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US confirms secret United Arab Emirates airstrikes in Libya

The United Arab Emirates secretly carried out two airstrikes against Islamist militias in Libya within the last week using bases in Egypt. The US and four European governments have warned against external interference.

Two separate rounds of airstrikes against Islamist militias in Libya were secretly carried out by the United Arab Emirates (UAE) within the last week, using bases in Egypt, two US officials said on Monday.

Confirming a report in The New York Times and allegations made by Islamist forces, one of the two US officials told AFP news agency, "The UAE carried out those strikes."

The two officials, who verified the report in The New York Times on the condition of anonymity, said the US did not take part or provide any assistance in the bombing raids.

According to the report, which the two US officials described as "accurate," the first round of airstrikes took place a week ago and targeted areas of Tripoli, Libya's capital, which are held by militia.

UAE warplanes carried out the second round on Saturday, targeting rocket launchers south of Tripoli.

It is thought the secret airstrikes may have been an attempt to prevent militia from seizing Tripoli airport.

Fighters from the Fajr Libya (Libyan Dawn) coalition said on Saturday, however, that they captured the airport following many days of clashes with nationalist militiamen.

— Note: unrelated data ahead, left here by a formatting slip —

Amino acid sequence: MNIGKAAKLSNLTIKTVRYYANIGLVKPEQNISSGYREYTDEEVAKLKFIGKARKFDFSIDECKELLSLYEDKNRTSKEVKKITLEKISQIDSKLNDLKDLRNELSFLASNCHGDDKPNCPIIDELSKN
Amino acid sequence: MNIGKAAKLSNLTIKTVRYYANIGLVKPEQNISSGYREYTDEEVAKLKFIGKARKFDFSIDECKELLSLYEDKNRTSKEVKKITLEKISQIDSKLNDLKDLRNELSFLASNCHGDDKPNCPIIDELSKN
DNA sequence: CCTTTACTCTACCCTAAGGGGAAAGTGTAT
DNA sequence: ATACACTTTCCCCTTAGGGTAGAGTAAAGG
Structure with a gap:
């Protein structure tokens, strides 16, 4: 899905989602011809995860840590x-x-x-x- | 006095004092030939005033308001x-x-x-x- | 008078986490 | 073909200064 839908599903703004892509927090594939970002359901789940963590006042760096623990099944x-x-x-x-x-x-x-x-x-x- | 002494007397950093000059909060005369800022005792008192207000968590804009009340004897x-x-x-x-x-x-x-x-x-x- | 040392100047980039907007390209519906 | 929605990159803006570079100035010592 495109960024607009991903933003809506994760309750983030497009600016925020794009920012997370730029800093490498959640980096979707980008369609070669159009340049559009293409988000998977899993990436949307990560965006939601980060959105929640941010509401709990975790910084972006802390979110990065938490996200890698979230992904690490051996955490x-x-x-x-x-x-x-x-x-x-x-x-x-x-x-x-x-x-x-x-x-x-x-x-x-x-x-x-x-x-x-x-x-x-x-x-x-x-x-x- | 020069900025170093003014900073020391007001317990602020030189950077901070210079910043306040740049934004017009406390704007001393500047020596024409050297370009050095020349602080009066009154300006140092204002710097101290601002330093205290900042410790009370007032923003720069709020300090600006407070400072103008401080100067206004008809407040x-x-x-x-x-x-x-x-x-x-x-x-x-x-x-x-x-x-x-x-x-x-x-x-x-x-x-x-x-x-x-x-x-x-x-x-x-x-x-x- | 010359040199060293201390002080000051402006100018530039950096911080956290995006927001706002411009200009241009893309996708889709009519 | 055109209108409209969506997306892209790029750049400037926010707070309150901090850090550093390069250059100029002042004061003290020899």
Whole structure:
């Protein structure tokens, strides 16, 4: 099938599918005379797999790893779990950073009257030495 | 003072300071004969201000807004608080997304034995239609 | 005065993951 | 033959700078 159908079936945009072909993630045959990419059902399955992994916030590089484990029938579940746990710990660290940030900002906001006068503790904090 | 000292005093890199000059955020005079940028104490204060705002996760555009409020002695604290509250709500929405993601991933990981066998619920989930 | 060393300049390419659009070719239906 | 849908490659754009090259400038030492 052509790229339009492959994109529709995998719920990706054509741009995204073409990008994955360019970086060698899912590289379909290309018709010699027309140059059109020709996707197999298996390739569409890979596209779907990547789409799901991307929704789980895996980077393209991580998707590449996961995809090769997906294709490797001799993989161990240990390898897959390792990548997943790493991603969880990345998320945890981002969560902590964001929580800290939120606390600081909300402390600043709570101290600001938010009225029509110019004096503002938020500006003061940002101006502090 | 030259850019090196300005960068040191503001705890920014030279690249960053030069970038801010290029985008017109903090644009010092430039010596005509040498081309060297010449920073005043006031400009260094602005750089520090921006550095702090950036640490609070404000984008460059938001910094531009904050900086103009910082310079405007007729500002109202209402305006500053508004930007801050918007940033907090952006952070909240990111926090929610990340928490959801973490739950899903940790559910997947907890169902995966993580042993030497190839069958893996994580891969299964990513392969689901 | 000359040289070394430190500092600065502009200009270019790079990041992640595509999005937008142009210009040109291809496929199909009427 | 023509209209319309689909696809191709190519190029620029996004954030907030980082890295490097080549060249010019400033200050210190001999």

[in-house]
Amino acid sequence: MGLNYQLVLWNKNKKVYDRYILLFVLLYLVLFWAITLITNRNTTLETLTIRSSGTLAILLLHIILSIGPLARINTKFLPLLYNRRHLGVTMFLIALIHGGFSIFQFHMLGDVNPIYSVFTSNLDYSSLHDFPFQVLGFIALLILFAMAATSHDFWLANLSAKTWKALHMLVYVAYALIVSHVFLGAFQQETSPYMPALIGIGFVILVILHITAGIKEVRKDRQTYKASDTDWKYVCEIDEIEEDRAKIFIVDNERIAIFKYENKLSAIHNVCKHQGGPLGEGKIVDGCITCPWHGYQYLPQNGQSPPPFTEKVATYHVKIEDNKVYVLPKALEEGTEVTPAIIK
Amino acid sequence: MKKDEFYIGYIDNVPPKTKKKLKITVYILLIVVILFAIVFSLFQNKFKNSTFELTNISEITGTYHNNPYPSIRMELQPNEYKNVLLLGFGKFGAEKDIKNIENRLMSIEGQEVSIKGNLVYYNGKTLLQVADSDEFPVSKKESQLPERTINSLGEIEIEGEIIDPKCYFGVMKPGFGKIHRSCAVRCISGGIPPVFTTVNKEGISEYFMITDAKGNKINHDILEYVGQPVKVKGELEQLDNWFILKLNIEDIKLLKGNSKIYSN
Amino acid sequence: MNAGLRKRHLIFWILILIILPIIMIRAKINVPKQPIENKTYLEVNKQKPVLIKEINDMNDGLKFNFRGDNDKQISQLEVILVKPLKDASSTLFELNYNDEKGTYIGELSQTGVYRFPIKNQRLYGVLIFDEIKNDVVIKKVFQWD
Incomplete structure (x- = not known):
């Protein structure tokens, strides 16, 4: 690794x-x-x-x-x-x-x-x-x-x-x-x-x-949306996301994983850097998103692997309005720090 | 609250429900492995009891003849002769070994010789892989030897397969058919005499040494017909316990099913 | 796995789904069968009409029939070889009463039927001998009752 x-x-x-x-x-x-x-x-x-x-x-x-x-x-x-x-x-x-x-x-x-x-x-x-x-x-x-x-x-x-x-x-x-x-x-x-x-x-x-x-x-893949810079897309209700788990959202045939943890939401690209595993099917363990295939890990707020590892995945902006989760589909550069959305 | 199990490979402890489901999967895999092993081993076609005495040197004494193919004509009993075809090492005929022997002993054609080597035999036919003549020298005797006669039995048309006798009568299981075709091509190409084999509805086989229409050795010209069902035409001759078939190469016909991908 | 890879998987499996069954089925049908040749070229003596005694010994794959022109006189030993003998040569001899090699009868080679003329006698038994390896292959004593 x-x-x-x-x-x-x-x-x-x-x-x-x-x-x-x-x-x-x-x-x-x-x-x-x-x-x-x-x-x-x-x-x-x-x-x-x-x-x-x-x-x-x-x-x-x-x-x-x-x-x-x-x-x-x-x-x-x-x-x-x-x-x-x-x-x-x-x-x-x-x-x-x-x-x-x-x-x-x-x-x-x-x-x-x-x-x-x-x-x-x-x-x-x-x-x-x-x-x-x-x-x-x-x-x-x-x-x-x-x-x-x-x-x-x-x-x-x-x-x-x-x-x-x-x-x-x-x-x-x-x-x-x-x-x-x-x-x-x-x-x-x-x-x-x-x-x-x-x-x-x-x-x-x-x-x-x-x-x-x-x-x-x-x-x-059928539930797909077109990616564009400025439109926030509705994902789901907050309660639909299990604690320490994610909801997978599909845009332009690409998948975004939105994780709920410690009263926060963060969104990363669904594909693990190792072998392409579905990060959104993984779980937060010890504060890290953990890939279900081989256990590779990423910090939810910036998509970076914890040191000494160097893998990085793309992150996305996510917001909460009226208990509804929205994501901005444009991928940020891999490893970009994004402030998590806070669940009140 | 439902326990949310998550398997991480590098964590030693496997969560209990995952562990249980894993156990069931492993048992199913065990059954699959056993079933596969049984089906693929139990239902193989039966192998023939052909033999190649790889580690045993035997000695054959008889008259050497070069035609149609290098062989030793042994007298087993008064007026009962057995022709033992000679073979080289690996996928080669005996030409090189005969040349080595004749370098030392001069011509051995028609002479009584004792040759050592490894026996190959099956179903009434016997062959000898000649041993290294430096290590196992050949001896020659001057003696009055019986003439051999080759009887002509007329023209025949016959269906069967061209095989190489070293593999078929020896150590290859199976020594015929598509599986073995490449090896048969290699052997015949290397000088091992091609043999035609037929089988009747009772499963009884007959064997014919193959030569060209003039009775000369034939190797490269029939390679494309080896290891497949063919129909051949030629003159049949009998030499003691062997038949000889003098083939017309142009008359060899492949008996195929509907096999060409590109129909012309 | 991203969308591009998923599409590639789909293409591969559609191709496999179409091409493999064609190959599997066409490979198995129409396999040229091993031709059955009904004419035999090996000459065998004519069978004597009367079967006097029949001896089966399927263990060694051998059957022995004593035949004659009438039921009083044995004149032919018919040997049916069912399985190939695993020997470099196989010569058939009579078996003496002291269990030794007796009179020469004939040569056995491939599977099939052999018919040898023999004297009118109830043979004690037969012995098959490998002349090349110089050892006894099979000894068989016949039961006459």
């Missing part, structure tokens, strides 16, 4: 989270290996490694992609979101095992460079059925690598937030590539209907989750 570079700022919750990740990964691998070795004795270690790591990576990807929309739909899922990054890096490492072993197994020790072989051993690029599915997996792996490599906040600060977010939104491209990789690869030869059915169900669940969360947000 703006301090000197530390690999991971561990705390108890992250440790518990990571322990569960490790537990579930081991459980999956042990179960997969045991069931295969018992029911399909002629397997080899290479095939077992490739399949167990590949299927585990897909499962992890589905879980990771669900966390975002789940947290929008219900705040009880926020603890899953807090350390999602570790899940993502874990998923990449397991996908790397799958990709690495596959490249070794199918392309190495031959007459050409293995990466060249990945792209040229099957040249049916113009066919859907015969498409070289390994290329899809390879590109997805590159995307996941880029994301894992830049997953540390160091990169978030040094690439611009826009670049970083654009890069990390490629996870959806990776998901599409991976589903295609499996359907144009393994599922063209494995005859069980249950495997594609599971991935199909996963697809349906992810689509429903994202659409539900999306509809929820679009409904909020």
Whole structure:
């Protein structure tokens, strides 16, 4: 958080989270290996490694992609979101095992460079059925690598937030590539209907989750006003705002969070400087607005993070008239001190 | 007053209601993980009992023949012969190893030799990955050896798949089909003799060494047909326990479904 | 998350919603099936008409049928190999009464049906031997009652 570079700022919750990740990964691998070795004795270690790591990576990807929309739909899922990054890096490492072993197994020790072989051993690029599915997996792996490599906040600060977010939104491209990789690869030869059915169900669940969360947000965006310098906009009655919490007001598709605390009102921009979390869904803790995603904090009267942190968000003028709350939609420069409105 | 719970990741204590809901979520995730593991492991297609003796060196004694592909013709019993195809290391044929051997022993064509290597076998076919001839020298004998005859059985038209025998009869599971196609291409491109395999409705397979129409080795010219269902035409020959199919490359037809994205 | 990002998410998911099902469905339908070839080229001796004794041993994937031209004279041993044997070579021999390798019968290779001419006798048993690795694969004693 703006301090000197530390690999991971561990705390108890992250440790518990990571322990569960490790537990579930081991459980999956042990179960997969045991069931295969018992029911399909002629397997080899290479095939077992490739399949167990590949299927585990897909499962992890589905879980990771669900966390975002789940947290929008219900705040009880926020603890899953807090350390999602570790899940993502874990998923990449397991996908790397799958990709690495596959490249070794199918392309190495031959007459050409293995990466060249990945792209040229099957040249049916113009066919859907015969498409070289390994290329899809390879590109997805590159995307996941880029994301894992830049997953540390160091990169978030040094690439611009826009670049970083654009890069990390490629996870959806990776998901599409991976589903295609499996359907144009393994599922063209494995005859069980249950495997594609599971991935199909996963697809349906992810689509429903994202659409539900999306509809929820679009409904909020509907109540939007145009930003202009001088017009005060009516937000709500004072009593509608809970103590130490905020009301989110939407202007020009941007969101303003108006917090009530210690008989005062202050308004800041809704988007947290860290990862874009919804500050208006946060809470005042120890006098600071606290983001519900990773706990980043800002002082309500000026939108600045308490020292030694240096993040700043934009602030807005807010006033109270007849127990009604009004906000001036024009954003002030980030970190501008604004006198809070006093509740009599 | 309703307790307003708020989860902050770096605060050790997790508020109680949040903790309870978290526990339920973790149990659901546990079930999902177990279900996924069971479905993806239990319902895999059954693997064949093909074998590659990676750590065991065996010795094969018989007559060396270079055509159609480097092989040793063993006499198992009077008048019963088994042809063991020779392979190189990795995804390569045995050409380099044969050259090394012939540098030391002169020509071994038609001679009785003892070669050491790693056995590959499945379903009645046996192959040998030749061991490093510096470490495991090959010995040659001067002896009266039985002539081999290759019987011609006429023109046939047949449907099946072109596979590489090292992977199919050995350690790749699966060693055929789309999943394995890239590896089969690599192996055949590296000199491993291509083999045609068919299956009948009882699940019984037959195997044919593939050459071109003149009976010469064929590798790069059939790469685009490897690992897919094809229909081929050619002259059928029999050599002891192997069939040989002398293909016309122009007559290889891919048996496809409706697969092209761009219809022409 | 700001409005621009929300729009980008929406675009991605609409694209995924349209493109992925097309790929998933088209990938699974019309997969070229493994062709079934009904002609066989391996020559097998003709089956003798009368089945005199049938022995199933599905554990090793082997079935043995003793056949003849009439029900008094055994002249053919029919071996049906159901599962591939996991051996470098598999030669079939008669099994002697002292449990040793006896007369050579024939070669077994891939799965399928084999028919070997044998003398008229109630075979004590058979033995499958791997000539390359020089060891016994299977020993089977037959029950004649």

THE UAE declined to comment on their involvement in the airstrikes.

Interference condemned

On Monday, a statement signed by the US, France, Germany, Italy and the United Kingdom was released - warning that interference from countries outside Libya would worsen divisions and slow down any hope of a democratic transition in the country.

According to the statement, the US and four EU countries "strongly condemn the escalation of fighting and violence in and around Tripoli, Benghazi, and across Libya, especially against residential areas, public facilities, and critical infrastructure, by both land attack and airstrikes."

The North African country is currently facing its worst violence since the fall of Moammar Gadhafi in 2011, which the government is proving unable to control. Various militias are continuing to fight against each other with fears that an all-out civil war could begin if fighting spreads across the entire country.

ksb/sb (AFP, Reuters)

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